Keywords: Slope Stability, Hazard, rockfall, rockmass

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5 Considerations for Effectively Using Probability of Failure as a Means of Slope Design Appraisal for Homogeneous and Heterogeneous Rock Masses

Authors: Neil Bar, Andrew Heweston

Abstract:

Probability of failure (PF) often appears alongside factor of safety (FS) in design acceptance criteria for rock slope, underground excavation and open pit mine designs. However, the design acceptance criteria generally provide no guidance relating to how PF should be calculated for homogeneous and heterogeneous rock masses, or what qualifies a ‘reasonable’ PF assessment for a given slope design. Observational and kinematic methods were widely used in the 1990s until advances in computing permitted the routine use of numerical modelling. In the 2000s and early 2010s, PF in numerical models was generally calculated using the point estimate method. More recently, some limit equilibrium analysis software offer statistical parameter inputs along with Monte-Carlo or Latin-Hypercube sampling methods to automatically calculate PF. Factors including rock type and density, weathering and alteration, intact rock strength, rock mass quality and shear strength, the location and orientation of geologic structure, shear strength of geologic structure and groundwater pore pressure influence the stability of rock slopes. Significant engineering and geological judgment, interpretation and data interpolation is usually applied in determining these factors and amalgamating them into a geotechnical model which can then be analysed. Most factors are estimated ‘approximately’ or with allowances for some variability rather than ‘exactly’. When it comes to numerical modelling, some of these factors are then treated deterministically (i.e. as exact values), while others have probabilistic inputs based on the user’s discretion and understanding of the problem being analysed. This paper discusses the importance of understanding the key aspects of slope design for homogeneous and heterogeneous rock masses and how they can be translated into reasonable PF assessments where the data permits. A case study from a large open pit gold mine in a complex geological setting in Western Australia is presented to illustrate how PF can be calculated using different methods and obtain markedly different results. Ultimately sound engineering judgement and logic is often required to decipher the true meaning and significance (if any) of some PF results.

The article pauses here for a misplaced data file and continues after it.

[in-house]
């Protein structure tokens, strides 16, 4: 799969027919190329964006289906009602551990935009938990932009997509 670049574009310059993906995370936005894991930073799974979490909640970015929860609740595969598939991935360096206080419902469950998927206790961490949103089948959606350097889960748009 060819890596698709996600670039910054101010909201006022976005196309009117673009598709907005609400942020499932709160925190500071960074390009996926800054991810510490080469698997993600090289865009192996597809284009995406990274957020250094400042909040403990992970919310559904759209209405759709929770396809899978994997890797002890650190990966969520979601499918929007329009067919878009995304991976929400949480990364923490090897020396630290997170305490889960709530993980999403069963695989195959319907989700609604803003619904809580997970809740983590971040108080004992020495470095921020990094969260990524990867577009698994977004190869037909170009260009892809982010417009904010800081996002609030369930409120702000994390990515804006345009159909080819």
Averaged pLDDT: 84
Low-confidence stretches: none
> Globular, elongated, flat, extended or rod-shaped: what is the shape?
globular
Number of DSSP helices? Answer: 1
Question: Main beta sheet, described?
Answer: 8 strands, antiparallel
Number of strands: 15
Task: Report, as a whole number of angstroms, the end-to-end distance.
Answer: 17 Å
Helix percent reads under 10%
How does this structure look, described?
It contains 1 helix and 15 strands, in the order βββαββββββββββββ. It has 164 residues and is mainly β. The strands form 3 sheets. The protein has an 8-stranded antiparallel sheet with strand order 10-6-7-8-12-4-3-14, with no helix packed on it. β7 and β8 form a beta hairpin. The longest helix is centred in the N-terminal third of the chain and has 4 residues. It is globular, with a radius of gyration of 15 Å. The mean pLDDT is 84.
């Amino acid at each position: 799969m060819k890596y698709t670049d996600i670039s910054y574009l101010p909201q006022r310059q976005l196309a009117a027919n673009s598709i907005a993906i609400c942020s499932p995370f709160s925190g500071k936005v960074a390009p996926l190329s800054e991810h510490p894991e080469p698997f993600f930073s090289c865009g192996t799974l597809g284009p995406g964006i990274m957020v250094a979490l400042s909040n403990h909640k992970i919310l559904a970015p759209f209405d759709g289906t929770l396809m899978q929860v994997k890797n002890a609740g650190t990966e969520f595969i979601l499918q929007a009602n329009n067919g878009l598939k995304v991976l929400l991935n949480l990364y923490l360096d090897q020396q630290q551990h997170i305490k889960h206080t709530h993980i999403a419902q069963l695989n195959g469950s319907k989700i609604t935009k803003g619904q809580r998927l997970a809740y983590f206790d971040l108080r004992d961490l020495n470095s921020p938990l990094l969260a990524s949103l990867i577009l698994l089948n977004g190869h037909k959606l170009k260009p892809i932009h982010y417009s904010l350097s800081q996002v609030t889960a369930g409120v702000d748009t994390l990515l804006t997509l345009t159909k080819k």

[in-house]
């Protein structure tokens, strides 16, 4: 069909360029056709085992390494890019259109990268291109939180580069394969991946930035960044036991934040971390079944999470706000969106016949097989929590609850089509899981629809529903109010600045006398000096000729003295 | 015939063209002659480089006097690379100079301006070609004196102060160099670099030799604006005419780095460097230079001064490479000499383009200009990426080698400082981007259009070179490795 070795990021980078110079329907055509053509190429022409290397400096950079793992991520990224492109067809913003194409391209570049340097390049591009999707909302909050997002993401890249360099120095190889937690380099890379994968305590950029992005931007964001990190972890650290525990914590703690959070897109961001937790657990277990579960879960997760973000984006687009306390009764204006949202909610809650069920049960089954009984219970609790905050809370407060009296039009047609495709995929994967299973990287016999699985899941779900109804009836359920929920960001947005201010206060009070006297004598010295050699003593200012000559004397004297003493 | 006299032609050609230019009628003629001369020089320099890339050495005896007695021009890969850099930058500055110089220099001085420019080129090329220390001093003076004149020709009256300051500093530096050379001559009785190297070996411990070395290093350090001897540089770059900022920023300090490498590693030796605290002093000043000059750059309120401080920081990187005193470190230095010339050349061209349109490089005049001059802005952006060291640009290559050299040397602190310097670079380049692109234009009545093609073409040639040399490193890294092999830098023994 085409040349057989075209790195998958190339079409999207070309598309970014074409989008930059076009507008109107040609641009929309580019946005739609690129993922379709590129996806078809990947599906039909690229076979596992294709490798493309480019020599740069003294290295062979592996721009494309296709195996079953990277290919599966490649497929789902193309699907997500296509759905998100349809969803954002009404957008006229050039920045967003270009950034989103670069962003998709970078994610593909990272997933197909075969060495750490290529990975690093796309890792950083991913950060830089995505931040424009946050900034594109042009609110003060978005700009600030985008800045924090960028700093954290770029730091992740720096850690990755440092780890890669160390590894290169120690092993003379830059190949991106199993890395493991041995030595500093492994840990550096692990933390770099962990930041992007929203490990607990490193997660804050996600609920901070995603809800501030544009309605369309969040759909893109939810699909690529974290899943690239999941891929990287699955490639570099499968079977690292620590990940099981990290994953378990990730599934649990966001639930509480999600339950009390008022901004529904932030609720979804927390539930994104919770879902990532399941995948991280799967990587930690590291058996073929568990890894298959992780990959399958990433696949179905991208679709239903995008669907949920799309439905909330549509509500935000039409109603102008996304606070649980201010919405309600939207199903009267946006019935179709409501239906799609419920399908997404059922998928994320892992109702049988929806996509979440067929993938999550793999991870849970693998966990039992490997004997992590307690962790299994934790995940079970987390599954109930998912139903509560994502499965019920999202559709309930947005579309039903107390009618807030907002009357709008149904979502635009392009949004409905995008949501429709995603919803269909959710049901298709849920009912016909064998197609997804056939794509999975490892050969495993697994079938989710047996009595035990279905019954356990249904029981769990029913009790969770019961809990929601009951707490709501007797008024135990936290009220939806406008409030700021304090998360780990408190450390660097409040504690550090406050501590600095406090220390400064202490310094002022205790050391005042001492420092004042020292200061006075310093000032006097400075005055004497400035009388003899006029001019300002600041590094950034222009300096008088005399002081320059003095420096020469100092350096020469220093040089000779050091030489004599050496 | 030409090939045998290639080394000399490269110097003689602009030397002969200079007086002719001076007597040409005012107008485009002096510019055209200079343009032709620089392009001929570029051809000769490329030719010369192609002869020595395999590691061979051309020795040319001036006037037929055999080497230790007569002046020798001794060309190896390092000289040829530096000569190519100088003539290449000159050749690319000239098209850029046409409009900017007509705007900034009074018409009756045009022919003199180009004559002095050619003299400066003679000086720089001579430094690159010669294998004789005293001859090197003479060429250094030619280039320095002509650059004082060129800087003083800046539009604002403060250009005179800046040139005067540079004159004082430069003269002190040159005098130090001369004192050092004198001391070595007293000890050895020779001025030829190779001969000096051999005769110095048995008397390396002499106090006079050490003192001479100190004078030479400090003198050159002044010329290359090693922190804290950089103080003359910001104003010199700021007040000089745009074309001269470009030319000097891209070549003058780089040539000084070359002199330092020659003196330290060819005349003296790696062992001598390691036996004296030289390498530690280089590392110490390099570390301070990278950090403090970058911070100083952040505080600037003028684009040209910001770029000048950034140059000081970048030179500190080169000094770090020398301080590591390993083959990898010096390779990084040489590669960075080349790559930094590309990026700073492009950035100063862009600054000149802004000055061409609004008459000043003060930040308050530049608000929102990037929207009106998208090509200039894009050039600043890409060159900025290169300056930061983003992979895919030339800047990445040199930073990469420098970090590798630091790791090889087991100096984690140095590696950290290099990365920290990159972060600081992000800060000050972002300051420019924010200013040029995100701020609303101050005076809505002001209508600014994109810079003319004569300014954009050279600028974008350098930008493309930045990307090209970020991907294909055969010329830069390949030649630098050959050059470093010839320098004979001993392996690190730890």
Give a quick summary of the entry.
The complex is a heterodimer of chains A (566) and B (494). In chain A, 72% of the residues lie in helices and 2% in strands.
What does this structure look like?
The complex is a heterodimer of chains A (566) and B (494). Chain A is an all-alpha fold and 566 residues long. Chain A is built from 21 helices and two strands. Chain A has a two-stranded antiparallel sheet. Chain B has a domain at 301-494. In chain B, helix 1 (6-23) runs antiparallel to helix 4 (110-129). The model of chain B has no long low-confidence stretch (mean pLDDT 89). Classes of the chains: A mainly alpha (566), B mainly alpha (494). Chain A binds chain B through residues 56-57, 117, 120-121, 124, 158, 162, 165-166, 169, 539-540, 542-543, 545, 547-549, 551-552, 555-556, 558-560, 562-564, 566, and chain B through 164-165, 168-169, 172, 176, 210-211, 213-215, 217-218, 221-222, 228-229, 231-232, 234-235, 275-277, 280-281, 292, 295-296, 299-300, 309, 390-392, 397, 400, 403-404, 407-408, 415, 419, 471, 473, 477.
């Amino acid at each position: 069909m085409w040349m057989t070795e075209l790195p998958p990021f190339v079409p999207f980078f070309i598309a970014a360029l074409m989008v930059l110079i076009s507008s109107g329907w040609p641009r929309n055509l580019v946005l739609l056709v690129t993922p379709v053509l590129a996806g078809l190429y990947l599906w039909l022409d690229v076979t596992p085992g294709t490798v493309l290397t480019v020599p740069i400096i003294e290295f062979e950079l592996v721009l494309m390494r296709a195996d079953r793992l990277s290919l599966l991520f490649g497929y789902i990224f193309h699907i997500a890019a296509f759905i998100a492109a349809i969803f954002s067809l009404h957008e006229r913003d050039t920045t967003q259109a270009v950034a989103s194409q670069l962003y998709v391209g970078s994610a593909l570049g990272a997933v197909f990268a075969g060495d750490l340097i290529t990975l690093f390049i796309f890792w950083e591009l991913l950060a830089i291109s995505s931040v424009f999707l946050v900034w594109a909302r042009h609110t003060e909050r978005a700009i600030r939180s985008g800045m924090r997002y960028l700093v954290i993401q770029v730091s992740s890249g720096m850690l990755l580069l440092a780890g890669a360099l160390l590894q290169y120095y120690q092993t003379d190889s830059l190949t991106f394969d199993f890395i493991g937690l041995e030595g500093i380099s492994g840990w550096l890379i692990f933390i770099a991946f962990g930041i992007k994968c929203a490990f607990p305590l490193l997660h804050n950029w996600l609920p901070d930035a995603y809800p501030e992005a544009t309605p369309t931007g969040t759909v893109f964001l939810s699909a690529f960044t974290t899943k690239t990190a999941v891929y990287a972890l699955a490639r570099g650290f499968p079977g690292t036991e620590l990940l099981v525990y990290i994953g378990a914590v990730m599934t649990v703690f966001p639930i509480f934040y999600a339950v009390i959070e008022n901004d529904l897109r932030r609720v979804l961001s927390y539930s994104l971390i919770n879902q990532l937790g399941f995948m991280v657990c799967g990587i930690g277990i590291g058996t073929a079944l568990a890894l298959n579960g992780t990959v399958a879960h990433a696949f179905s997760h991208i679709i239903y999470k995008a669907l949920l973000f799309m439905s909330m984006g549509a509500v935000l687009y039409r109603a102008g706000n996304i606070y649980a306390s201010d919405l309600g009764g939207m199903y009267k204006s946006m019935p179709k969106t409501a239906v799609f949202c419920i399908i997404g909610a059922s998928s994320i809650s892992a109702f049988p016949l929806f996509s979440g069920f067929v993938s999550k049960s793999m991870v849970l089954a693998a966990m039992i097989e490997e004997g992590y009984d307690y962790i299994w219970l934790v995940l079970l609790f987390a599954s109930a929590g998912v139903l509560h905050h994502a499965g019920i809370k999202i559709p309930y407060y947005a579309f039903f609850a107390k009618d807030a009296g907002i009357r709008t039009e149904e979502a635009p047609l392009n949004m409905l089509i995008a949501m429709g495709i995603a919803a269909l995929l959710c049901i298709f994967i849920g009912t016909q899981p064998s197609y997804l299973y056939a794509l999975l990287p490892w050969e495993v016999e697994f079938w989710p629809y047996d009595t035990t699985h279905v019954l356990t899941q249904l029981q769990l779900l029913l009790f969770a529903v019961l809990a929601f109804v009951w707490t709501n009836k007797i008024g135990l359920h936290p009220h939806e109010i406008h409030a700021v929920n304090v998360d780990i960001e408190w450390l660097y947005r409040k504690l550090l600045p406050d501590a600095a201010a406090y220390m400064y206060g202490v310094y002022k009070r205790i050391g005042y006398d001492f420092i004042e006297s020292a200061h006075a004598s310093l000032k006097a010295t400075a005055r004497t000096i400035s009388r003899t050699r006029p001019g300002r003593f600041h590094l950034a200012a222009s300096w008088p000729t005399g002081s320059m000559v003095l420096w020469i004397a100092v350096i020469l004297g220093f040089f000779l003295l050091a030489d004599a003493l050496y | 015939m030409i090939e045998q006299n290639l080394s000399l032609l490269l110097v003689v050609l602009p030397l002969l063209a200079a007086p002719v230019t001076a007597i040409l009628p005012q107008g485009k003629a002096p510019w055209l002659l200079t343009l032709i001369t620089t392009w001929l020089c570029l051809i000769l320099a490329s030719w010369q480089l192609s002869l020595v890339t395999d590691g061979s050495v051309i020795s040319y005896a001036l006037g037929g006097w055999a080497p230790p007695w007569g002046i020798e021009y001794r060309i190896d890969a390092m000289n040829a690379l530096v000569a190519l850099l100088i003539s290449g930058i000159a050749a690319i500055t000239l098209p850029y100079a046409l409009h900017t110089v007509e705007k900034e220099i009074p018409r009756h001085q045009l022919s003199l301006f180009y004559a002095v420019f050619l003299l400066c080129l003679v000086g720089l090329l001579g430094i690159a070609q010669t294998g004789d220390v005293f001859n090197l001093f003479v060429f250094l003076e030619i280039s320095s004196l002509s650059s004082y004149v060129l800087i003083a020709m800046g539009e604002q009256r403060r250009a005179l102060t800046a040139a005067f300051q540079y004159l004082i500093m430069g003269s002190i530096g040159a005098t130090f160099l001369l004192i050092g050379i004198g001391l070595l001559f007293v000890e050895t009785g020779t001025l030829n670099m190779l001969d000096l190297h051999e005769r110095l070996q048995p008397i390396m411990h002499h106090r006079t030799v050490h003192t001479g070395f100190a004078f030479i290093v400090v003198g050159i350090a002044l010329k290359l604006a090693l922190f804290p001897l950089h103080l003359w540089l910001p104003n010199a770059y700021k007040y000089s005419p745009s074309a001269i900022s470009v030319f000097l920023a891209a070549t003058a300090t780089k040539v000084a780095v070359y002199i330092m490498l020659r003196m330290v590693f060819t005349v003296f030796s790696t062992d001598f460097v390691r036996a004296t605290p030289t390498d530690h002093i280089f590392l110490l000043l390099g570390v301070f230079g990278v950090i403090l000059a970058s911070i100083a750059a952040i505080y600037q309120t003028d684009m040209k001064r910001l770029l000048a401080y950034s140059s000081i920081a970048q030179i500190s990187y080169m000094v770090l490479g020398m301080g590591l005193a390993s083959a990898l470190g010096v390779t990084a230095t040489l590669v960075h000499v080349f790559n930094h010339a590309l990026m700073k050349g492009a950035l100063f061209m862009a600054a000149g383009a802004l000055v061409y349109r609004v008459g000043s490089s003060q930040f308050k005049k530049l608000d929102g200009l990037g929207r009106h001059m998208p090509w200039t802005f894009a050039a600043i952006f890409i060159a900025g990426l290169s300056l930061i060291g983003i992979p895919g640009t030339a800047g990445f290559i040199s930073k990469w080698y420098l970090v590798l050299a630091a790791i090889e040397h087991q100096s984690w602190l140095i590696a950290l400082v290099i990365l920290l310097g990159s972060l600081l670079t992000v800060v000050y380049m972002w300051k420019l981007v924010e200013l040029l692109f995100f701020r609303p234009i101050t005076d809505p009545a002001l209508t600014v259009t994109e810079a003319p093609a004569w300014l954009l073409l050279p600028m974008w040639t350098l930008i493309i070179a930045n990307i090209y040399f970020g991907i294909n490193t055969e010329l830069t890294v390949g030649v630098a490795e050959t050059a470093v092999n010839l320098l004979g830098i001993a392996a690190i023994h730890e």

Keywords: Slope Stability, Sensitivity Analysis, probability of failure, point estimate method, Monte-Carlo simulations

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4 Geological and Geotechnical Investigation of a Landslide Prone Slope Along Koraput- Rayagada Railway Track Odisha, India: A Case Study